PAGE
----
Barbara Eden, <EM>Harper Valley PTA</EM> Barbara Eden, Harper Valley PTA

Question: A friend and I were talking about, of all people, Barbara Eden. Was Harper Valley PTA really her first show after I Dream of Jeannie? If so, what happened to her during the time in between?

Answer: Good question, Brian, and Ms. Eden herself didn't have an answer for you when interviewed in 1981. "I don't know," she said when asked why 10 years went by before she again starred in a series. (Jeannie was canceled in 1970 and Harper Valley debuted on NBC in 1981.) "It wasn't a question of not being wanted. The shows they found just didn't work."

No, they didn't. In fact, three networks and at least a dozen of TV's most creative types tried to come up with a series for her, while she earned high ratings doing variety specials, singing appearances on The Tonight Show, a successful run in Las Vegas and 13 TV-movies. The verdict: "We should never have canceled Jeannie," Mort Werner, a programming executive with NBC when that hit was axed, admitted.

Others stepped in. ABC got in touch and tried to make something happen. "Jeannie was too tough an act to follow," Marty Starger, an ABC programming staffer at the time, said. "We never could seem to top it."

And so it went. Industry types decided Eden was too old-fashioned. Barney Miller's Danny Arnold came up with a show called The Toy Game for ABC, but it didn't fly. "I had in mind something more contemporary and a little sophisticated," he said. "Barbara played a divorcée, and the story had to do with her attempts to adjust. But they didn't want that. Smacked of 'sensationalism,' they said. They were still thinking in terms of Jeannie."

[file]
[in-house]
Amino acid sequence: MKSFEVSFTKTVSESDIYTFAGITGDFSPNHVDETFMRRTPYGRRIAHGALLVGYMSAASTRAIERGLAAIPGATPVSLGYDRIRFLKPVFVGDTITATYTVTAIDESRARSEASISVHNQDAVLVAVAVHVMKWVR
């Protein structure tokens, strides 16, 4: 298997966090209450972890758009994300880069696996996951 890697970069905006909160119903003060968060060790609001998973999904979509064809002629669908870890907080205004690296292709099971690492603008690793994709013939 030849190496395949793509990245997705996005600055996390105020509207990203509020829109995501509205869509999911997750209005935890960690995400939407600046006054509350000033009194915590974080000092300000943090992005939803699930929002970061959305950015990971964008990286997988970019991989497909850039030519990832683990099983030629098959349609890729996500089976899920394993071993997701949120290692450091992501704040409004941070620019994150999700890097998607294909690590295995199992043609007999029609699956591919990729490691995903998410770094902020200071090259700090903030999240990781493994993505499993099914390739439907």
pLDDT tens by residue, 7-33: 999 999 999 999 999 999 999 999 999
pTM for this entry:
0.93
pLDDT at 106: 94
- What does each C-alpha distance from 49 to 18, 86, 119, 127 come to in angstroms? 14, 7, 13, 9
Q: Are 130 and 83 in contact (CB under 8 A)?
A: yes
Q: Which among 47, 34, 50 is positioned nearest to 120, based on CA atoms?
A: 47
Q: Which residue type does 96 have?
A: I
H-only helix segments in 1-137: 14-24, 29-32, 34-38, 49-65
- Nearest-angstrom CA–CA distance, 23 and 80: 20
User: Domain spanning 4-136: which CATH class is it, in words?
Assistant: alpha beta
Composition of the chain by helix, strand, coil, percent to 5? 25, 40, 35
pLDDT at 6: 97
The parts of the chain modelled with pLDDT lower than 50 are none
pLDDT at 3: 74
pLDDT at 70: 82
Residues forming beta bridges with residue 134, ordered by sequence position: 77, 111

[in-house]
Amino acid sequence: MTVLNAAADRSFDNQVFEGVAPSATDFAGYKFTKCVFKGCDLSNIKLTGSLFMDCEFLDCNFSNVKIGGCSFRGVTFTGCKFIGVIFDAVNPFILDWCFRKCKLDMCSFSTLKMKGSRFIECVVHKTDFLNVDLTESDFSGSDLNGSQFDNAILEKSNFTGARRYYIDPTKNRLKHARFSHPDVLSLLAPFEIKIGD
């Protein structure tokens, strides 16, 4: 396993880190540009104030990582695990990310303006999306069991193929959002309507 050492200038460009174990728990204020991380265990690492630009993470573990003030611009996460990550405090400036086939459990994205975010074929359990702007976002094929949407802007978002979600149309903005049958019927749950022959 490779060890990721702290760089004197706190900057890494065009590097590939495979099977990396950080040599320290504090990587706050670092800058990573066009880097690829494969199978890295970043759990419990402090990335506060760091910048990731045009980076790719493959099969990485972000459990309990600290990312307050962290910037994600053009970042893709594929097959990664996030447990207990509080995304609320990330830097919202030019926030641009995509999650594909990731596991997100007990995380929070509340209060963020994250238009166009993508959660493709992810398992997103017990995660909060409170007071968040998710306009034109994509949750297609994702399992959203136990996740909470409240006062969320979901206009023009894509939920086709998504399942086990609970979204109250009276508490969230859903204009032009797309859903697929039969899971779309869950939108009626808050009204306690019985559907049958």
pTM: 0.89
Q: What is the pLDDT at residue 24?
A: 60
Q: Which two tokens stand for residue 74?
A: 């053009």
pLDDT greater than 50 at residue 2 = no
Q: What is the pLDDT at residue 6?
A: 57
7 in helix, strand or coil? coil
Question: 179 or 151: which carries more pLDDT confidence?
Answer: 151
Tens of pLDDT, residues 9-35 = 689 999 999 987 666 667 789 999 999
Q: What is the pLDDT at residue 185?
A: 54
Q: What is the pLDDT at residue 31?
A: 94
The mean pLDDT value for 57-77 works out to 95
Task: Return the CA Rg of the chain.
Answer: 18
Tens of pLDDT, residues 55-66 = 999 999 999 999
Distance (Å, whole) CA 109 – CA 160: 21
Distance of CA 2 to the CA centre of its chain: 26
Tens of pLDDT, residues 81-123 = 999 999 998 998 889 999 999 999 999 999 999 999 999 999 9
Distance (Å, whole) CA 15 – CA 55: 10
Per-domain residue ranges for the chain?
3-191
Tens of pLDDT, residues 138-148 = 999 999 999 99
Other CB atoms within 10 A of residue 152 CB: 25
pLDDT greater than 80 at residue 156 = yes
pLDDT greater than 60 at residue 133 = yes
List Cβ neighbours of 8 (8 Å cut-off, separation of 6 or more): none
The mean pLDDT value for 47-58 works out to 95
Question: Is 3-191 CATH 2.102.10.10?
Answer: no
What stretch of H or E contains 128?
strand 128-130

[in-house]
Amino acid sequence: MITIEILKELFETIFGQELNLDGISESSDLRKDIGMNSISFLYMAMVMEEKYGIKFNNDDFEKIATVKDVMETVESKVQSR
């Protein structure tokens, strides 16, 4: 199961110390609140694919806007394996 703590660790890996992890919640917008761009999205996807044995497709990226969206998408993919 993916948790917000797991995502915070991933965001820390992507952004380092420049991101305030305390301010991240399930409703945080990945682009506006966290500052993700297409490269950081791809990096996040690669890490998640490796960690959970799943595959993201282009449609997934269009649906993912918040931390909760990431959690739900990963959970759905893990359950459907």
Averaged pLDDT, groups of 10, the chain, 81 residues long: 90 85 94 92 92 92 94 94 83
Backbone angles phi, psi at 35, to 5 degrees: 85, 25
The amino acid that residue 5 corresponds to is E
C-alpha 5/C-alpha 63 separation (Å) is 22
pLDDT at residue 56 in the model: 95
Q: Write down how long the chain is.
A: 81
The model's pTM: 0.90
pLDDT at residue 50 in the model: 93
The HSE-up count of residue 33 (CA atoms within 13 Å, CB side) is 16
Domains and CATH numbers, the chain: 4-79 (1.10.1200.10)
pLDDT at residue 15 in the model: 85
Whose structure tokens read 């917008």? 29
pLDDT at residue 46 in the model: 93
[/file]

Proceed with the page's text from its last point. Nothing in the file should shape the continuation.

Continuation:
Eden didn't let it get to her. "I like to act," she said. "I know I have an audience out there, but let someone else do the worrying." She used the free time to get her personal life in order, divorcing her first husband and marrying Charles Fegert, a Chicago newspaper executive. For his part, Fegert was happy to make the social scene with his pretty, famous wife in tow while she raked in the bucks with the aforementioned work plus a gig as a spokesperson for L'eggs pantyhose. But that didn't mean he was happy with what others had done to her career. "Why [the networks] didn't recognize they had a hot commodity there I'll never know," he said. "No question she was hot. Las Vegas knew it. Madison Avenue knew it. Why, the product manager of L'eggs himself says she had the highest level of correct brand identification of anybody in this kind of advertising. Why not in TV [series]? It offends my business sense."

The dry spell lasted until 1977 when Cincinnati theater magnate Phil Borack decided to make a movie out of the 1968 hit song "Harper Valley PTA," which told the revenge story of a woman, wronged by gossip, who got back at the gossipers in nastily satisfying ways. (Those of you who find the song-to-screen concept odd were probably not '70s-era fans of Peter Frampton in Sgt. Pepper's Lonely Hearts Club Band, Robbie Benson in Ode to Billy Joe or Kristy McNichol in The Night the Lights Went Out in Georgia.) The film, with Eden as the vengeful Stella Johnson, cost $1.25 million to make and it grossed $25 million. Yet the TV types still weren't impressed until the movie aired on network TV in 1980 and earned a 42 share. Suddenly everyone was interested, and Harper Valley became a series.

Of course, those of you who know your TV history also know what happened next: Stella got her groove back on the small screen, but not for long. Harper Valley PTA launched in January and was shortened to just Harper Valley in the fall. The following August, it was shortened to nothing at all.